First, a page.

All this made it possible for corporate raiders to get the capital and the regulatory approvals necessary to mount unfriendly takeovers. During the whole of the 1970s there had been only 13 hostile takeovers of companies valued at $1 billion or more. During the 1980s, there were 150. Between 1979 and 1989, financial entrepreneurs mounted more than 2,000 leveraged buyouts, each over $250 million. (The party was temporarily halted only when raider Ivan Boesky agreed to be a government informer as part of his plea bargain on charges of insider trading and market manipulation. Boesky implicated Michael Milken and Milken’s junk bond powerhouse, Drexel Burnham Lambert, in a scheme to manipulate stock prices and defraud clients. Drexel pleaded guilty. Milken was indicted on ninety-eight counts, including insider trading and racketeering, and went to jail.)

Even where raids did not occur, CEOs nonetheless felt pressured to maximize shareholder returns for fear their firms might otherwise be targeted. Hence, they began to see their primary role as driving up share prices.

Liability? Responsibility? No, Sustainability.

I’ve been looking for a transcript of the remarks Johan Lubbe made yesterday, on behalf of the National Retail Federation — a trade association representing about 9000 American retailers and the chief and most vocal proponent of an “alternative” to the legally-binding global pact to ensure the safety of clothing factories in Bangladesh. The global pact has won pretty widespread support in Europe, but so far there are only two American signatories. The Americans won’t sign up because, they say, the global pact would expose them to litigation, or what one spokesperson for The Gap called “unlimited litigation,” should something go wrong at one of the factories they use.

Yesterday they brought out Lubbe. Here is how today’s AP report summarizes his remarks:

On Friday, the retail trade group made available for the media an international labor lawyer who rebuked the global pact and said that it is too vague for retailers to sign. At the heart of the criticism: the contract would expose retailers to legal liability for the failure of factories to comply with the set standards even though merchants don’t own the facilities.

In rejecting the global pact, Lubbe and the NRF are trying to limit the scope of legal liability to ownership — in this case, brick and mortar property ownership. I can’t tell if the claim here is that with outsourcing comes immunity, or that liability does not extend in any way down through the global manufacturing supply chain. For the moment, however, I’m less interested in all that than in knowing whether Lubbe or the NRF have made any kind of statement acknowledging their responsibility for conditions in the Bangladesh garment factories.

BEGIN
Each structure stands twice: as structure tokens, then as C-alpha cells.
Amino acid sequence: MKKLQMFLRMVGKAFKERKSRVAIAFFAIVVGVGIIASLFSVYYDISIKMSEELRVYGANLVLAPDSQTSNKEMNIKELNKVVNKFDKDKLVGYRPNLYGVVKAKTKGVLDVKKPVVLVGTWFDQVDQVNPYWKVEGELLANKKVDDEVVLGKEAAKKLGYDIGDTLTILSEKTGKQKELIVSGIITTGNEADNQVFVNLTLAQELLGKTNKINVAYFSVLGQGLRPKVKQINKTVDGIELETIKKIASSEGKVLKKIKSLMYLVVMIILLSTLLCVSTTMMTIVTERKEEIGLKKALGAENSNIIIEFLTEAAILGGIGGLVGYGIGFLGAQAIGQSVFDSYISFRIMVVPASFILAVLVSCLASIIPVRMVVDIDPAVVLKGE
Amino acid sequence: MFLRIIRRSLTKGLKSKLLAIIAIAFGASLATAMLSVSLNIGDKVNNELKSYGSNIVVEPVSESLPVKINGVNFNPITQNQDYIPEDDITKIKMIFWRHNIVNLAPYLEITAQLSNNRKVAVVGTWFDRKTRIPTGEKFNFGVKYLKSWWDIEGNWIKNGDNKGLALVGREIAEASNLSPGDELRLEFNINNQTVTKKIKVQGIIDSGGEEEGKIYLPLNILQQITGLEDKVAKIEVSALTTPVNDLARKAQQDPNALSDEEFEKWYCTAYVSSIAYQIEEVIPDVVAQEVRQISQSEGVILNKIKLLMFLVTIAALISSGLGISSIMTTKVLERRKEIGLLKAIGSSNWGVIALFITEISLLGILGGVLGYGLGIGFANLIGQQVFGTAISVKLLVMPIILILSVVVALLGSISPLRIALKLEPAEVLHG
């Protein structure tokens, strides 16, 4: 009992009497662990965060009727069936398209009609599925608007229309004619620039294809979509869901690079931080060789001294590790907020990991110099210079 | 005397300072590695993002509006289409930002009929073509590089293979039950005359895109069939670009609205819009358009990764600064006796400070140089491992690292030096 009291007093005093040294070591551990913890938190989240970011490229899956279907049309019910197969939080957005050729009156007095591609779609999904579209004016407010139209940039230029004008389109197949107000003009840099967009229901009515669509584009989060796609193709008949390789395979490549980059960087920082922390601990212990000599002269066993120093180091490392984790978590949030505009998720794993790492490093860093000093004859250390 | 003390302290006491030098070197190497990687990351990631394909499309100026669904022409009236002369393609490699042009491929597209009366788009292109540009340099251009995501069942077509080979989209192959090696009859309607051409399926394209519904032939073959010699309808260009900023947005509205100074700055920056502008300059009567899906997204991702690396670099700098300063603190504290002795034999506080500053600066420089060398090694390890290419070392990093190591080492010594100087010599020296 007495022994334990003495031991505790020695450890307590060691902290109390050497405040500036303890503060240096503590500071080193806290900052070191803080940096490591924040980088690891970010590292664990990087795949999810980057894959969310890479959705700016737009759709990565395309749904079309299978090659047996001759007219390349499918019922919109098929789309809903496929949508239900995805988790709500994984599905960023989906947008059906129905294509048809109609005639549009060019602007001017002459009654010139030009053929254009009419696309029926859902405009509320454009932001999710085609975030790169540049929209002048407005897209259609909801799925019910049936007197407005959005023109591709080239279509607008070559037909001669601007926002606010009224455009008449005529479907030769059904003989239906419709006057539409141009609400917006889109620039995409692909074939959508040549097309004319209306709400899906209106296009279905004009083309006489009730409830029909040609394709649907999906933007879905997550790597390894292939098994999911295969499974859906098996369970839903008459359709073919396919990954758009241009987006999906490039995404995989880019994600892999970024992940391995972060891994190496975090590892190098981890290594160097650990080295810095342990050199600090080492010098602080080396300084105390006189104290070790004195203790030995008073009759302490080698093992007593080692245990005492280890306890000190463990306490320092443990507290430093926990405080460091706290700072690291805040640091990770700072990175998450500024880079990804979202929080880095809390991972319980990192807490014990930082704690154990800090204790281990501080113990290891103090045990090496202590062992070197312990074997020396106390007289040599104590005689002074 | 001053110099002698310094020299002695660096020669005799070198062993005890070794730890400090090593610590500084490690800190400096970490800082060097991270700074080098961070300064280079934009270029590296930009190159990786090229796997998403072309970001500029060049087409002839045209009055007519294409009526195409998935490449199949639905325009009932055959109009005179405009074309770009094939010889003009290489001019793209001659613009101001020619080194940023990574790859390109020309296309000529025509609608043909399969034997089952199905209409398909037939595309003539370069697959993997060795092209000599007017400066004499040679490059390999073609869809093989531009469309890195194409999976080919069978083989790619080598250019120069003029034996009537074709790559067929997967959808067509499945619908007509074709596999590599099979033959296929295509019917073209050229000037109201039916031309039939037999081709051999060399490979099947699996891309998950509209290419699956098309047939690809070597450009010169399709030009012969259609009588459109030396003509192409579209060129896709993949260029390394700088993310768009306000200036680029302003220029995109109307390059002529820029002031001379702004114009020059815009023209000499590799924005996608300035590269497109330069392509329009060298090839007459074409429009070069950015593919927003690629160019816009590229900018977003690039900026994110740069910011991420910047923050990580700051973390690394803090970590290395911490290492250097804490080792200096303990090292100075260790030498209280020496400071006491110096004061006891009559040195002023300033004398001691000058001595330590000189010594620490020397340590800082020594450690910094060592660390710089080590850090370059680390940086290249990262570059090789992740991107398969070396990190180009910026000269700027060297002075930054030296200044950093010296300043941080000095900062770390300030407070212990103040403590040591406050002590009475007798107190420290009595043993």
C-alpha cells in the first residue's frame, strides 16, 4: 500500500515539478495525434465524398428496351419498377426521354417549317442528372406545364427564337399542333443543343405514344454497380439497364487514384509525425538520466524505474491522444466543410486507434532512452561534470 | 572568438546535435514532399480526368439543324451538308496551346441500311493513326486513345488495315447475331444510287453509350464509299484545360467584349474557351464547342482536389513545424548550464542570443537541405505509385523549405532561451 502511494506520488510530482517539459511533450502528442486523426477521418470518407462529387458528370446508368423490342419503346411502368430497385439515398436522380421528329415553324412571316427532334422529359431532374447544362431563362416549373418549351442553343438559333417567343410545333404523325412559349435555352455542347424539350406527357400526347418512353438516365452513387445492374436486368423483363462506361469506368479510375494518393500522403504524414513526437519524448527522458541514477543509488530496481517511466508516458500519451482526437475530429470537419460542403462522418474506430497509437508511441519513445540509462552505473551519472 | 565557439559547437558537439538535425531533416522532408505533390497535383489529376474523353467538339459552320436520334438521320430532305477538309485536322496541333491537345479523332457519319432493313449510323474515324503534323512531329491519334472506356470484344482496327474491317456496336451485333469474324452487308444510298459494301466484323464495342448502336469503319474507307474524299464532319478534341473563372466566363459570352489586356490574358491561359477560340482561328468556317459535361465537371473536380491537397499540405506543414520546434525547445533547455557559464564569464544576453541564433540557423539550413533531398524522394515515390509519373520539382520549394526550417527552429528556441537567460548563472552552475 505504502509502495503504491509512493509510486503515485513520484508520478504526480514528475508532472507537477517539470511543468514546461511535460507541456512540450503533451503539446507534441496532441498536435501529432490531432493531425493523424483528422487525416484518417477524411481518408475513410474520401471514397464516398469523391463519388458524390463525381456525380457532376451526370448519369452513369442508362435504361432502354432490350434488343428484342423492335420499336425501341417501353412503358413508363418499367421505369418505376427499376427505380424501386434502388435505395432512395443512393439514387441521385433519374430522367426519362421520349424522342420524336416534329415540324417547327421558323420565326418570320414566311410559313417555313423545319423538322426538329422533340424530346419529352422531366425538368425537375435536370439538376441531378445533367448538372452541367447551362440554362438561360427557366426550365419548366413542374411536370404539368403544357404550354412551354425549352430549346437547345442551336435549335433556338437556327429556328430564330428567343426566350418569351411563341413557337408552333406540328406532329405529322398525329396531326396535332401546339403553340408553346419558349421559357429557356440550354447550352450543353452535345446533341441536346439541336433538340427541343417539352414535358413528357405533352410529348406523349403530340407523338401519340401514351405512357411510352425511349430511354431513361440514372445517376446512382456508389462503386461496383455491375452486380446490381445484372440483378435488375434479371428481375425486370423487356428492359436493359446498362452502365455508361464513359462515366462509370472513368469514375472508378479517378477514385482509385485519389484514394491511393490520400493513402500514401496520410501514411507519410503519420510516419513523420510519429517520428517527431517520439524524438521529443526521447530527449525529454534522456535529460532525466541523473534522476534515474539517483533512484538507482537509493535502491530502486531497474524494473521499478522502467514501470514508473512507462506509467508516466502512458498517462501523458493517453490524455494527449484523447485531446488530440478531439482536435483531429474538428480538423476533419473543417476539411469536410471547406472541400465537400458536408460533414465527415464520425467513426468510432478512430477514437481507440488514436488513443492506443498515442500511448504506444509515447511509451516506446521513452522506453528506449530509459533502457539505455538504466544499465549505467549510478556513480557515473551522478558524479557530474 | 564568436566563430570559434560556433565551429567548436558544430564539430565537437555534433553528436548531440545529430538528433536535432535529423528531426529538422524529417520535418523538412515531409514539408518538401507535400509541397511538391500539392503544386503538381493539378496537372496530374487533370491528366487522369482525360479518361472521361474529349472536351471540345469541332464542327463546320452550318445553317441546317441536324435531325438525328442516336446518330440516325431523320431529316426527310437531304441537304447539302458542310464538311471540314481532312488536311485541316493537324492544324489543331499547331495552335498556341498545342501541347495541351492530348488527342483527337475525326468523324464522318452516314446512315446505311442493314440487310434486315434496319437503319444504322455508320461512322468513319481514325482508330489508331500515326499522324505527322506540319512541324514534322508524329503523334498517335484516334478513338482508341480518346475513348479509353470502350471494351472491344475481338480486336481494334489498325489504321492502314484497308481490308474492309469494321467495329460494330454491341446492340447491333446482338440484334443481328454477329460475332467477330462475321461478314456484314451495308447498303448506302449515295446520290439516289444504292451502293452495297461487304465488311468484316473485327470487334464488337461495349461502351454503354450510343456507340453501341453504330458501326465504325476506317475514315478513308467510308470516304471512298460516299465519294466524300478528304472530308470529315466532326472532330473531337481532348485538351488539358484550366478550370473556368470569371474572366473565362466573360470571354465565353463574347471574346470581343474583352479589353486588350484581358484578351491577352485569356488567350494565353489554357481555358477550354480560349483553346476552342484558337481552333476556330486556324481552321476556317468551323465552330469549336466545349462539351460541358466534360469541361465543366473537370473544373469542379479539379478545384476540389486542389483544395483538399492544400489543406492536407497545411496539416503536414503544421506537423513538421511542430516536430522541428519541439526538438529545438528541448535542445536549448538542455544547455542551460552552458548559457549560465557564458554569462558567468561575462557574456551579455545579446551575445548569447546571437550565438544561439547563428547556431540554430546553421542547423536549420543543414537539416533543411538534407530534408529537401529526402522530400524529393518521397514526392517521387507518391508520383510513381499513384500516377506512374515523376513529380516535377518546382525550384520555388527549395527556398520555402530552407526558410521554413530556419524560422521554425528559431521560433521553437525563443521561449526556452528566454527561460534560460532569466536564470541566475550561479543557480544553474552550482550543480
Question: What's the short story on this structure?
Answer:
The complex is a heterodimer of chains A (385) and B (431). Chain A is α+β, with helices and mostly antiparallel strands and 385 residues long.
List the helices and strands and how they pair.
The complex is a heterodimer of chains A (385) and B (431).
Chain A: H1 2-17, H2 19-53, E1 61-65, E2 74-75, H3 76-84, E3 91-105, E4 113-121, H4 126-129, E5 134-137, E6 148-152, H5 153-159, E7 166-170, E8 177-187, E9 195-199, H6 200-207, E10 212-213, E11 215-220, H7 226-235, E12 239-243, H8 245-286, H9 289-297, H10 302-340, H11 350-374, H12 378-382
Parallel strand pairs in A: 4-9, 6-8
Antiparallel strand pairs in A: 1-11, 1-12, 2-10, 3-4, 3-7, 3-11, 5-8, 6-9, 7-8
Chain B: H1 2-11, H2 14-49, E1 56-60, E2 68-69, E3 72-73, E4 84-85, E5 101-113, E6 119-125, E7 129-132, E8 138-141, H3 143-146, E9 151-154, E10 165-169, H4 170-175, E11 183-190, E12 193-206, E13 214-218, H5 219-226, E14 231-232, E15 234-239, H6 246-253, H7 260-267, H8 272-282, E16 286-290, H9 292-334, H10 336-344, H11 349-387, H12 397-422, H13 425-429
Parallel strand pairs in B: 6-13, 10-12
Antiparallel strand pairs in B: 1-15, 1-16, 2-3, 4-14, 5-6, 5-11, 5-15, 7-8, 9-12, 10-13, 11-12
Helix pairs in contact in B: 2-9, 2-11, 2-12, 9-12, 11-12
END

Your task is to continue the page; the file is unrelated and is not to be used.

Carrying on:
Responsibility is a word that applies, or should apply here, no matter how the debate about liability gets resolved. It is not a “vague” word of the sort that the NRF would reject. It’s a word that entails specific human rights commitments, which have been carefully enumerated and articulated in connection with the UN’s Guiding Principles for Business and Human Rights. It comes with ownership, but it also extends beyond ownership to business partnerships and relationships — all the way to Bangladesh.

I imagine there is anxiety that acknowledging responsibility might be misconstrued as admitting liability. The word and the idea of responsibility are certainly nowhere to be found in the statement the National Retail Federation issued on Wednesday. Instead, the NRF focused on how applying “a legal standard” would limit the ability of retailers and brands “to respond” to an “ever-changing environment.”

Given the global nature of the apparel and retail industry, applying a legal standard is a very complex proposition. The Safer Factories Initiative understands that flexibility is required to address a broad array of worker safety issues and enables brands and retailers to respond swiftly and effectively to an ever-changing environment.

Let’s forgive the sloppy confusion (“flexibility is required to…enables”?) of the second sentence, and hope that in future the NRF hires a PR firm with grammarians in its employ. Just have a look at the language they’re floating here. These are such well-worn business tropes that we barely notice them: complexity, flexibility, responding swiftly to an ever-changing environment. Here, the big, giant brand, the multinational with suppliers and partners all around the world, is both powerful agent and vulnerable patient: capable of responding, at least if not bound or restricted by law, but subject to forces far beyond its control.

Sidestepping obligations and commitments, the NRF statement opts for “flexibility” and (as the statement continues) “sustainability,” an already-overused and much-abused word that appears in nearly every statement the Federation makes. Talk about vague. The NRF want “sustainable solutions” to make the Bangladesh garment industry “a sustainable manufacturer.” They offer a “sustainable action plan” now and “will continue to pursue a sustainable industry-wide solution,” and so on. The word and its variants appear 9 times in the course of a single statement.

You get the idea. As companies respond to rapidly changing conditions — or flee from one disaster to the next — they need flexibility to fashion a sustainable way forward. Otherwise they might be engulfed by their own blunders, or held responsible or liable for their part in the whole mess before they can run to the next country.